"She is scared because she knew [the minor] was underage the whole time, had sex with her, and they both went [to] see other guys they had met together," according to private messages obtained by ABC News. The exchange was first reported by The Daily Beast.
In separate private Snapchat messages with the same mutual friend, obtained by ABC News, Ellicott allegedly urged the friend to encourage the young woman who was no longer a minor at the time to avoid speaking with law enforcement as federal authorities were pursuing her for questioning.
"She needs to delay them, hold them off and just not answer them," Ellicott allegedly wrote over the messaging app before the text was automatically deleted, according to photos taken with a separate phone and later viewed by ABC News.
Ellicott later wrote that the minor needed to find a lawyer and that he would be heading over to speak with her that day.
"I'm heading over there now... The lady isn't doing her any favors -- she drove all the way to cause trouble for her," Ellicott allegedly wrote, referring to the officer looking to speak with the former underage girl.
Ellicott has not returned numerous calls or text messages from ABC News seeking comment. Greenberg's lawyer Fritz Scheller declined to comment. The United States Attorney's Office in Middle District of Florida declined to comment.
While prosecutors have Greenberg's cooperation in the probe, the former tax collector's credibility could be an issue if the investigation results in further indictments. According to his plea agreement, Greenberg admitted that he paid a 17-year-old girl for sex and "introduced the minor to other adult men, who engaged in commercial sex acts."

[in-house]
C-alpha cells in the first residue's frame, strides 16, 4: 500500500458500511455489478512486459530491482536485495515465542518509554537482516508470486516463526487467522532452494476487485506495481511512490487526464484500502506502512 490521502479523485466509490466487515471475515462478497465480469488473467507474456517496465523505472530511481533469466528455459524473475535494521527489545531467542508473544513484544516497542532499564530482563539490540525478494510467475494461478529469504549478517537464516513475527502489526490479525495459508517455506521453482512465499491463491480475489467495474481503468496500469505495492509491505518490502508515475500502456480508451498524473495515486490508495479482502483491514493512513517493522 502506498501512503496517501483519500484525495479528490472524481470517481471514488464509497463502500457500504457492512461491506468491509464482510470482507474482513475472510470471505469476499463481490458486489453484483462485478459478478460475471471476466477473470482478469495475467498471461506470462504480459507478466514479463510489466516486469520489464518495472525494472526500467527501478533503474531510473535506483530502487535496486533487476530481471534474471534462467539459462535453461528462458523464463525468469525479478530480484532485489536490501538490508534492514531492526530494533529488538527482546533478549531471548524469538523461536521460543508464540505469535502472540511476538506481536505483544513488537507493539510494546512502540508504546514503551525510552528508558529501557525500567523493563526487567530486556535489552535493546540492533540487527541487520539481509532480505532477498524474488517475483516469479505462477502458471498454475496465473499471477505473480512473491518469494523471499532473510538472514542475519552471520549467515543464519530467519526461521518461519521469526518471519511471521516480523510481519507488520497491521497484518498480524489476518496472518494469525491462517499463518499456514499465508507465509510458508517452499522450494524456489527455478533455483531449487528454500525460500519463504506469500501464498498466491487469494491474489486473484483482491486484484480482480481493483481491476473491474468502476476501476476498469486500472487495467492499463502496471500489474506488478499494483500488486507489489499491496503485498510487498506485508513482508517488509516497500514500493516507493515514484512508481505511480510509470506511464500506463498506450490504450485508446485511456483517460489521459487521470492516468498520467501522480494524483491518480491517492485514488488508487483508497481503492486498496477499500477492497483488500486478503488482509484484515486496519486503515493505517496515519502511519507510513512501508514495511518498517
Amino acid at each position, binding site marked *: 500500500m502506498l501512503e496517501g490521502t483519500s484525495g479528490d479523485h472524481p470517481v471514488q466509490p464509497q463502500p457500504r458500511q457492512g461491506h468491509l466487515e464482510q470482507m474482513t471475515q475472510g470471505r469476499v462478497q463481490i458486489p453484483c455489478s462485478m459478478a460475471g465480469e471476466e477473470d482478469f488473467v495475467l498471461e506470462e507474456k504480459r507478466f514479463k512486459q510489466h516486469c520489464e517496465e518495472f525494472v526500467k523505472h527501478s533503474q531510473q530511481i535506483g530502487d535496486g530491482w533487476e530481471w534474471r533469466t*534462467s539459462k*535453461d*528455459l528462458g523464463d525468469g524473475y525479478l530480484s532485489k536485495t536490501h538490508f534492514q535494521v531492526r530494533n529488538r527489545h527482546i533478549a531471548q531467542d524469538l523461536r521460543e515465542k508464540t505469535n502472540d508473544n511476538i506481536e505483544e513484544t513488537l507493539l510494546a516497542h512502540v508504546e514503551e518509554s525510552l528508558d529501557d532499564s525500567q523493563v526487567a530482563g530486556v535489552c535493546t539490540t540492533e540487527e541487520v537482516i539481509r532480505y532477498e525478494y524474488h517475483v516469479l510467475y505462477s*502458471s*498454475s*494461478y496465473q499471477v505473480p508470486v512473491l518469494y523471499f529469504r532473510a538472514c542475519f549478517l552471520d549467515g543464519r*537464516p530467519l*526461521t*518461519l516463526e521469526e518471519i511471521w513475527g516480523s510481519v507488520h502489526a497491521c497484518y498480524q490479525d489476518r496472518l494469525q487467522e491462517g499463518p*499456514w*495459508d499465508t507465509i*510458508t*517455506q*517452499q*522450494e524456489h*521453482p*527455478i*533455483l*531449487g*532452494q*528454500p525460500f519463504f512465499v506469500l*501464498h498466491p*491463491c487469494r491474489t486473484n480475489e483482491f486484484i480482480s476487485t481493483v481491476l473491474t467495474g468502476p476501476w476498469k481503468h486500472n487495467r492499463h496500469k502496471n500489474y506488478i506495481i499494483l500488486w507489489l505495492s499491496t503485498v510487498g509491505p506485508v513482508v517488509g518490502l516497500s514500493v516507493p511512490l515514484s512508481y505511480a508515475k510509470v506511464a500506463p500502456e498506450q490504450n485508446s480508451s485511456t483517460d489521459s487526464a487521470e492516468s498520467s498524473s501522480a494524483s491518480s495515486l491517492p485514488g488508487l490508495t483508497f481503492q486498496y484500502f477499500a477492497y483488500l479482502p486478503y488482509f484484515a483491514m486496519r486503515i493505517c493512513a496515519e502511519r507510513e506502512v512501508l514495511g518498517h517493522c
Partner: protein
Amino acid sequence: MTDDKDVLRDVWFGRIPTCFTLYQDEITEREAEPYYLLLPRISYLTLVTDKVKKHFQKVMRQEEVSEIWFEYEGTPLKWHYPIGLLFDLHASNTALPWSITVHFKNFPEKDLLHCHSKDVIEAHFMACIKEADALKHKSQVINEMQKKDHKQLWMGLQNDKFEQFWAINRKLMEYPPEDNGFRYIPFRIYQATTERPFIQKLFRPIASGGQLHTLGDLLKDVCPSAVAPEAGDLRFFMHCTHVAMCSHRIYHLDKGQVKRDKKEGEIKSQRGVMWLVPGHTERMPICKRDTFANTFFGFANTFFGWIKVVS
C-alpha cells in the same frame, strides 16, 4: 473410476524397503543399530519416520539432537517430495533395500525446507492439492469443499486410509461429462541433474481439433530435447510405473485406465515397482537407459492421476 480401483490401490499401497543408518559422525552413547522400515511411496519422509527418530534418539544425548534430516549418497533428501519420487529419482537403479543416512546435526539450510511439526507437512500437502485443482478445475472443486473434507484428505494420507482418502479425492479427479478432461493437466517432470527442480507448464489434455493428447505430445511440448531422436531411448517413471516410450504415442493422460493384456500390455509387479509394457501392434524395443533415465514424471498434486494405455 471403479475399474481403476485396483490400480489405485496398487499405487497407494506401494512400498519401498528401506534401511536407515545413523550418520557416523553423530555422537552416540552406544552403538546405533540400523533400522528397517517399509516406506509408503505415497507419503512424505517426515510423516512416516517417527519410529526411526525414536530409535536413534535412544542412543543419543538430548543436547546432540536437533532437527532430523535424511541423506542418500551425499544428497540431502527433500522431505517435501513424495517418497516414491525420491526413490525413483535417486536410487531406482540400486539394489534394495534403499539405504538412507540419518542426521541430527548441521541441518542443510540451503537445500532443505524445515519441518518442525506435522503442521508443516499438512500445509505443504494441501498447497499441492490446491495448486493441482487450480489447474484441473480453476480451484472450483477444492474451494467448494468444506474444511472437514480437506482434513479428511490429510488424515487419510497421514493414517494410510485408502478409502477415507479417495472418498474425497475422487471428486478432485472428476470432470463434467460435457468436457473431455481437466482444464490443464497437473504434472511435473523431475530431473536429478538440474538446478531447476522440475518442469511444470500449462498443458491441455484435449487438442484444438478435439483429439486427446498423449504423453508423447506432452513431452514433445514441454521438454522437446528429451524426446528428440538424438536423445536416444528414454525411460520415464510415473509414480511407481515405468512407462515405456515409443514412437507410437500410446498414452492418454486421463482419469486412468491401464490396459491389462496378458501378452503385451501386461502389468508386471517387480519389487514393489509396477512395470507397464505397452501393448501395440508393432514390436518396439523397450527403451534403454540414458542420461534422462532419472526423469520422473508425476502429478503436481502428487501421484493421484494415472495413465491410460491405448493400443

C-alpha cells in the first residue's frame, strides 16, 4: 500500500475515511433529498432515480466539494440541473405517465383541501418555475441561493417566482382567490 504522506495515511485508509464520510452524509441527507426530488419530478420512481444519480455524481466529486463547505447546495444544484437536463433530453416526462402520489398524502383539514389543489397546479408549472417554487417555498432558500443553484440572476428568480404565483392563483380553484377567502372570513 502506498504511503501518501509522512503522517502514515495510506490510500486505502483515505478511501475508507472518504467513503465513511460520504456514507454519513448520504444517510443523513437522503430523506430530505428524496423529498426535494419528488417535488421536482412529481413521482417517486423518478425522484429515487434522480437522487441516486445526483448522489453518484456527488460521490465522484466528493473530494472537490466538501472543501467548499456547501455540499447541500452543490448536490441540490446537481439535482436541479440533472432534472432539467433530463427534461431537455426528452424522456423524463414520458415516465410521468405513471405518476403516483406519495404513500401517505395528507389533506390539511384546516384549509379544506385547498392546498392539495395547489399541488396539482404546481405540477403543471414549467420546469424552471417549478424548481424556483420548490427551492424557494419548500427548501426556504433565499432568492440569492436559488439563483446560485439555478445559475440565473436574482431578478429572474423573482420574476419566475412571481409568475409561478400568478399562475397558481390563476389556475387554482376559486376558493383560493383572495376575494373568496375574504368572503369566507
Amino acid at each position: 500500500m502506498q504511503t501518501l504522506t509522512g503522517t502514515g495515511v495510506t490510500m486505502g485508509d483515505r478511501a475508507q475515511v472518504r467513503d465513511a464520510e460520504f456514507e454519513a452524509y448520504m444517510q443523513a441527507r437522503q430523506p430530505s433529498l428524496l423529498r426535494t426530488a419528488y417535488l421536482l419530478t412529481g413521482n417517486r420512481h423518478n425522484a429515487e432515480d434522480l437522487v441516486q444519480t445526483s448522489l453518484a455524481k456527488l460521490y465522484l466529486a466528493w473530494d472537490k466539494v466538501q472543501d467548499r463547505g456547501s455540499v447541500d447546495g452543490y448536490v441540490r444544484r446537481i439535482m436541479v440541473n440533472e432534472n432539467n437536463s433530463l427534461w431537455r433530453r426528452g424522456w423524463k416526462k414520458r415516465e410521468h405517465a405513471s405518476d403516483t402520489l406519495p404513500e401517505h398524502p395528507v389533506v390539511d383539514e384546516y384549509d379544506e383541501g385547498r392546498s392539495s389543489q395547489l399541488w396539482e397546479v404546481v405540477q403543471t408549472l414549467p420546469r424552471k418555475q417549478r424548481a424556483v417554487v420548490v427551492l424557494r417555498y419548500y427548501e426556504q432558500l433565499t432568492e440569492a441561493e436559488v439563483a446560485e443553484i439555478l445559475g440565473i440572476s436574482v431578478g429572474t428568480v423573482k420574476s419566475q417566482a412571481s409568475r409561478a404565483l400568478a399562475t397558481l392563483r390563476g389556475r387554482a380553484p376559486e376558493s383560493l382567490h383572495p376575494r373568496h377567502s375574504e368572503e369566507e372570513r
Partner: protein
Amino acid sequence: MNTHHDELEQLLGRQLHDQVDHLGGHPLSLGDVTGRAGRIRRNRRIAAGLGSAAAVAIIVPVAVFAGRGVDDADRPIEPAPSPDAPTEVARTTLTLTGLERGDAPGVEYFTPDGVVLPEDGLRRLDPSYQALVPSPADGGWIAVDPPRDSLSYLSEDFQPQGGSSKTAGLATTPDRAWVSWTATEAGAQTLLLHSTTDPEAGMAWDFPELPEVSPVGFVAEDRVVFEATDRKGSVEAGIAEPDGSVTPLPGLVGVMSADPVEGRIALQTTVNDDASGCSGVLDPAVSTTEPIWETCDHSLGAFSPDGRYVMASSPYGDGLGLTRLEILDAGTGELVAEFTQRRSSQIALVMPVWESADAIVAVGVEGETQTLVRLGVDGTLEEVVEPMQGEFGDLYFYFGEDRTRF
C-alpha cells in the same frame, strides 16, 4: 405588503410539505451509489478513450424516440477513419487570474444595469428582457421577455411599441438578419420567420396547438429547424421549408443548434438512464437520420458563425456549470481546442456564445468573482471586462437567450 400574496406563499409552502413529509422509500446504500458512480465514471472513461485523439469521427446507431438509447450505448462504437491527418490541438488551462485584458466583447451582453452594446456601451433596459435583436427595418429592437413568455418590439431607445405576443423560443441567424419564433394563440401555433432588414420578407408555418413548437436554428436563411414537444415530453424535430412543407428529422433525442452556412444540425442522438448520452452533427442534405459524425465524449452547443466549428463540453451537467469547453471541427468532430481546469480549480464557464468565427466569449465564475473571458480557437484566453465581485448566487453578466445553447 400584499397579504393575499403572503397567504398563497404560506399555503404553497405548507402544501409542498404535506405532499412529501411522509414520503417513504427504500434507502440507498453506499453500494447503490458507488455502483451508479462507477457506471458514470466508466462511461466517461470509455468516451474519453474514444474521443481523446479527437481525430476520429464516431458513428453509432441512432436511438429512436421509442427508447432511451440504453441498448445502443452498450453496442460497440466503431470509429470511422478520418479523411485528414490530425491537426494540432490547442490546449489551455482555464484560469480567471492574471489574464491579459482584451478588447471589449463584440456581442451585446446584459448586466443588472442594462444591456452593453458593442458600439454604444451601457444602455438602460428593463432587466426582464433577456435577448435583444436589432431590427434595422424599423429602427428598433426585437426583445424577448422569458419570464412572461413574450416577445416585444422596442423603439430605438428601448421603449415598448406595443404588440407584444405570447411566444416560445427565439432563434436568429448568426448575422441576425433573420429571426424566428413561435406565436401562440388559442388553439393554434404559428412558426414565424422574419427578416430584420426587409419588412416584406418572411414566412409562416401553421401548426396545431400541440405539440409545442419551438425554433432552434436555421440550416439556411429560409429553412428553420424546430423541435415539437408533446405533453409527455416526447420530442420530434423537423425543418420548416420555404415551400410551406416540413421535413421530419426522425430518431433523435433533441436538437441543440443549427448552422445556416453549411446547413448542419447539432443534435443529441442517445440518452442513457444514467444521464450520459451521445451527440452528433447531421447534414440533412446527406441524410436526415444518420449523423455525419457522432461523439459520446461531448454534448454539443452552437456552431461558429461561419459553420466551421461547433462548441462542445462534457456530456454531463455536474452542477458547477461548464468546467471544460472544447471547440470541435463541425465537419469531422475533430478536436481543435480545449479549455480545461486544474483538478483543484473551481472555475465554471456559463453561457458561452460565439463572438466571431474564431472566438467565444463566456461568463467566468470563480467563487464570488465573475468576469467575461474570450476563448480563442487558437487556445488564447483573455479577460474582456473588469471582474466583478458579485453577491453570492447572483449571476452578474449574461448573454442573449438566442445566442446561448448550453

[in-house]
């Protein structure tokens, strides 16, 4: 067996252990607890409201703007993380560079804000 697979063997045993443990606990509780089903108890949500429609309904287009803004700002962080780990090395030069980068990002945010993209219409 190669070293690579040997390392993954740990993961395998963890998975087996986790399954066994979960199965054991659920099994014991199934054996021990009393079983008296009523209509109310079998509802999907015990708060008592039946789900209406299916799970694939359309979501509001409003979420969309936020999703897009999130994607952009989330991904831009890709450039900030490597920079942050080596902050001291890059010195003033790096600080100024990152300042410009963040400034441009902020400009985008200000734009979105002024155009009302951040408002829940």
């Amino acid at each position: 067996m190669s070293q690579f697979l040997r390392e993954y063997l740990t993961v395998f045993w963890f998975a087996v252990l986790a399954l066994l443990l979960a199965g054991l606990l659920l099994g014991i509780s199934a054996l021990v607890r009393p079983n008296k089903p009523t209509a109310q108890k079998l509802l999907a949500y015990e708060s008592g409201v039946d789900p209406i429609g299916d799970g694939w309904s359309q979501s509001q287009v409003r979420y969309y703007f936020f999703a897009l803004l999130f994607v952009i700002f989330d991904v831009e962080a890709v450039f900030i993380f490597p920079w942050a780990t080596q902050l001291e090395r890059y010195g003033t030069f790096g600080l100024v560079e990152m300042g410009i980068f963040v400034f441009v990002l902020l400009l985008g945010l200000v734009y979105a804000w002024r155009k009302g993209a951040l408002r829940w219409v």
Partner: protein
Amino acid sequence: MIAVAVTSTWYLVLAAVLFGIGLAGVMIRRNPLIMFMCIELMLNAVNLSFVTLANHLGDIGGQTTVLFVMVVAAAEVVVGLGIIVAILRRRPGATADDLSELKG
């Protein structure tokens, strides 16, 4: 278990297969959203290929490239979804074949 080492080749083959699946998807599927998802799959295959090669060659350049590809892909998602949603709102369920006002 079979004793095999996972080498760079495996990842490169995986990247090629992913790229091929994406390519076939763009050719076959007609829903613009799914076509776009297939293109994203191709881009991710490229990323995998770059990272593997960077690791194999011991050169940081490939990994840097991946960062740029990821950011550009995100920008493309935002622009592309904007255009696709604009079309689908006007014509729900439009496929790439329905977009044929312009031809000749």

When asked for comment, a spokesperson for Gaetz criticized the investigation as a "partisan smear job." Gaetz, who has not been charged with any crimes, has vehemently denied any wrongdoing and has repeatedly denied ever paying for sex or having sex with a minor. He has defiantly launched a rally tour around the country and has at times joked about the allegations.
The investigation targeting Gaetz was launched last year when Donald Trump was still president, sources told ABC News. Then-Attorney General Bill Barr was briefed on the investigation's progress several times, the sources said.
Greenberg pleaded guilty in May to six of the 33 federal charges he was facing, including sex trafficking of a minor. While the plea deal states that Greenberg will be assisting prosecutors moving forward, the government also stated that it reserves the right to prosecute him on the other charges if Greenberg violates any terms of the cooperation deal.
Following Greenberg's plea hearing in May, his lawyer, Fritz Schiller, offered a teasing response when asked if the plea deal could mean trouble for other officials.
"Does my client have information that could hurt an elected official?" Schiller said. "I guess this is must-see television. You'll just have to wait and see."
Moments earlier on that day, a plane carrying a banner that read "Tick Tock Matt Gaetz" flew over the Orlando federal courthouse.